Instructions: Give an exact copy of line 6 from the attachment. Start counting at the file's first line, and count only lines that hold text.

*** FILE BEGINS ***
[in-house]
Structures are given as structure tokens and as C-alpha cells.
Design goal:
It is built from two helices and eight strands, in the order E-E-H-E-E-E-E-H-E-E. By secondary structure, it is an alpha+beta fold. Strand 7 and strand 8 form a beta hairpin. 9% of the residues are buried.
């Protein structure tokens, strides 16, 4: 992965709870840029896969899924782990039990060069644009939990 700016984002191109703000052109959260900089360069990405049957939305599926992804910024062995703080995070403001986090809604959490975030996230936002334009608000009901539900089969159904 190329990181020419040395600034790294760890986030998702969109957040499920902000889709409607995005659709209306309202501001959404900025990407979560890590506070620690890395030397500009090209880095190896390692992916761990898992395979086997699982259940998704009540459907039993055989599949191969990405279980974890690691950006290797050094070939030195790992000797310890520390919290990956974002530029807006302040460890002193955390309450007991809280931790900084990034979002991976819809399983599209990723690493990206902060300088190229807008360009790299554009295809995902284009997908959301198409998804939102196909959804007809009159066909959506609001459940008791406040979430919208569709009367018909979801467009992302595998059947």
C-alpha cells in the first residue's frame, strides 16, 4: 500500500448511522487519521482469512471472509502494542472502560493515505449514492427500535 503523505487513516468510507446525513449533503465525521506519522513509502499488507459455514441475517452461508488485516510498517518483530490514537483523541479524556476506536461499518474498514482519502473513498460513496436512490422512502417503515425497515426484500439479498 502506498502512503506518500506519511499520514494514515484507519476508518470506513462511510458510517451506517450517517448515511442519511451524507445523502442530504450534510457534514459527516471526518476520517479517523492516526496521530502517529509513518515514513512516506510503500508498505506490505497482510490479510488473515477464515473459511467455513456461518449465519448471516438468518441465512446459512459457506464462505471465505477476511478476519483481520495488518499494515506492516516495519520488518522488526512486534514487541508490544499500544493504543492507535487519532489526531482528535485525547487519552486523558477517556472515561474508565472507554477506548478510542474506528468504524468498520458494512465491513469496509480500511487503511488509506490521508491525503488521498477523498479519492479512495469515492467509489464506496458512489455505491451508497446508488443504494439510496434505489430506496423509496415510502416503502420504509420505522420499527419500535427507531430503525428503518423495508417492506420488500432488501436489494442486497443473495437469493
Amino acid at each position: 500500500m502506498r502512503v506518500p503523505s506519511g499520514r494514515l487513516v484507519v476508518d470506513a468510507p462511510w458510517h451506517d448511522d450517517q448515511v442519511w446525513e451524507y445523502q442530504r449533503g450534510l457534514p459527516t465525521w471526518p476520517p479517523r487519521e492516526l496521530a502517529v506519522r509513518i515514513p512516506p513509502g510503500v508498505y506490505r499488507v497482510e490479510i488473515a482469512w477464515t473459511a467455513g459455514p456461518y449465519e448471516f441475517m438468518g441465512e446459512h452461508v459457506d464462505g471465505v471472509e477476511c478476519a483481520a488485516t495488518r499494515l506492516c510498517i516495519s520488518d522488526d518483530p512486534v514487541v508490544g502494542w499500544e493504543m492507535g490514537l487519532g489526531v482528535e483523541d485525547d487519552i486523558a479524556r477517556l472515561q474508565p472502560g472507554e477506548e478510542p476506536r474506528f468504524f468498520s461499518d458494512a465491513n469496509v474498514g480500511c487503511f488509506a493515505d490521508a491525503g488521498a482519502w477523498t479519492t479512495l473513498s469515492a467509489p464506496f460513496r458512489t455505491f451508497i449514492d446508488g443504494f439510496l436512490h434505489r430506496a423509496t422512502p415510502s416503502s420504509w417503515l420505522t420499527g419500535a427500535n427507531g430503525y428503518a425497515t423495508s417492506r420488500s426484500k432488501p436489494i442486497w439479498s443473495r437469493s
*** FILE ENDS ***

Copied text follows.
C-alpha cells in the first residue's frame, strides 16, 4: 500500500448511522487519521482469512471472509502494542472502560493515505449514492427500535 503523505487513516468510507446525513449533503465525521506519522513509502499488507459455514441475517452461508488485516510498517518483530490514537483523541479524556476506536461499518474498514482519502473513498460513496436512490422512502417503515425497515426484500439479498 502506498502512503506518500506519511499520514494514515484507519476508518470506513462511510458510517451506517450517517448515511442519511451524507445523502442530504450534510457534514459527516471526518476520517479517523492516526496521530502517529509513518515514513512516506510503500508498505506490505497482510490479510488473515477464515473459511467455513456461518449465519448471516438468518441465512446459512459457506464462505471465505477476511478476519483481520495488518499494515506492516516495519520488518522488526512486534514487541508490544499500544493504543492507535487519532489526531482528535485525547487519552486523558477517556472515561474508565472507554477506548478510542474506528468504524468498520458494512465491513469496509480500511487503511488509506490521508491525503488521498477523498479519492479512495469515492467509489464506496458512489455505491451508497446508488443504494439510496434505489430506496423509496415510502416503502420504509420505522420499527419500535427507531430503525428503518423495508417492506420488500432488501436489494442486497443473495437469493